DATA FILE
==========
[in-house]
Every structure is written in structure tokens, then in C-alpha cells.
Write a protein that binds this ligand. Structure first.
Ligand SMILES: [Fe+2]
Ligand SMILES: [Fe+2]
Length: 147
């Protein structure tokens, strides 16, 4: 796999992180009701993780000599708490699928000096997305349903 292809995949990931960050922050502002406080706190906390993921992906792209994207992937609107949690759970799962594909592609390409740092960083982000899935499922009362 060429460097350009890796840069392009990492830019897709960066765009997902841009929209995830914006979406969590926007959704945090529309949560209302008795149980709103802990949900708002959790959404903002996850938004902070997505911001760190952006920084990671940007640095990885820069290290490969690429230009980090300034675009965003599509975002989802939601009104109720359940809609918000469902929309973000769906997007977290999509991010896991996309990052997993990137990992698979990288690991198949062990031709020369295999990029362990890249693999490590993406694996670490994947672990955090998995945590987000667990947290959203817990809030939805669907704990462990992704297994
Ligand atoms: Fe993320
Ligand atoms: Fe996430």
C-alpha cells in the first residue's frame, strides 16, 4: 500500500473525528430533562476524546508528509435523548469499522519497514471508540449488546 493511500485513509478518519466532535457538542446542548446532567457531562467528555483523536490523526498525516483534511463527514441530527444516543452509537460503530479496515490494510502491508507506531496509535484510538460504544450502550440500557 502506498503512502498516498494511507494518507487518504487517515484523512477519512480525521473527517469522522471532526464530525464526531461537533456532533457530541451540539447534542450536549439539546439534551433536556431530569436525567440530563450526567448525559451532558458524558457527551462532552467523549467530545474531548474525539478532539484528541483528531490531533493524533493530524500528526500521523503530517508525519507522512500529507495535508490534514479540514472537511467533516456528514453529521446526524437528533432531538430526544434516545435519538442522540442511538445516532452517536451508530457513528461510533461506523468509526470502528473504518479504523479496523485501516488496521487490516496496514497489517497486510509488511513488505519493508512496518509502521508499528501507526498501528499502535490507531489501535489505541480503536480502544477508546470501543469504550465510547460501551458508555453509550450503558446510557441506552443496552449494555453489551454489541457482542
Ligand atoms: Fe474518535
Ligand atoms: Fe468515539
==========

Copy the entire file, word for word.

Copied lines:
[in-house]
Every structure is written in structure tokens, then in C-alpha cells.
Write a protein that binds this ligand. Structure first.
Ligand SMILES: [Fe+2]
Ligand SMILES: [Fe+2]
Length: 147
């Protein structure tokens, strides 16, 4: 796999992180009701993780000599708490699928000096997305349903 292809995949990931960050922050502002406080706190906390993921992906792209994207992937609107949690759970799962594909592609390409740092960083982000899935499922009362 060429460097350009890796840069392009990492830019897709960066765009997902841009929209995830914006979406969590926007959704945090529309949560209302008795149980709103802990949900708002959790959404903002996850938004902070997505911001760190952006920084990671940007640095990885820069290290490969690429230009980090300034675009965003599509975002989802939601009104109720359940809609918000469902929309973000769906997007977290999509991010896991996309990052997993990137990992698979990288690991198949062990031709020369295999990029362990890249693999490590993406694996670490994947672990955090998995945590987000667990947290959203817990809030939805669907704990462990992704297994
Ligand atoms: Fe993320
Ligand atoms: Fe996430």
C-alpha cells in the first residue's frame, strides 16, 4: 500500500473525528430533562476524546508528509435523548469499522519497514471508540449488546 493511500485513509478518519466532535457538542446542548446532567457531562467528555483523536490523526498525516483534511463527514441530527444516543452509537460503530479496515490494510502491508507506531496509535484510538460504544450502550440500557 502506498503512502498516498494511507494518507487518504487517515484523512477519512480525521473527517469522522471532526464530525464526531461537533456532533457530541451540539447534542450536549439539546439534551433536556431530569436525567440530563450526567448525559451532558458524558457527551462532552467523549467530545474531548474525539478532539484528541483528531490531533493524533493530524500528526500521523503530517508525519507522512500529507495535508490534514479540514472537511467533516456528514453529521446526524437528533432531538430526544434516545435519538442522540442511538445516532452517536451508530457513528461510533461506523468509526470502528473504518479504523479496523485501516488496521487490516496496514497489517497486510509488511513488505519493508512496518509502521508499528501507526498501528499502535490507531489501535489505541480503536480502544477508546470501543469504550465510547460501551458508555453509550450503558446510557441506552443496552449494555453489551454489541457482542
Ligand atoms: Fe474518535
Ligand atoms: Fe468515539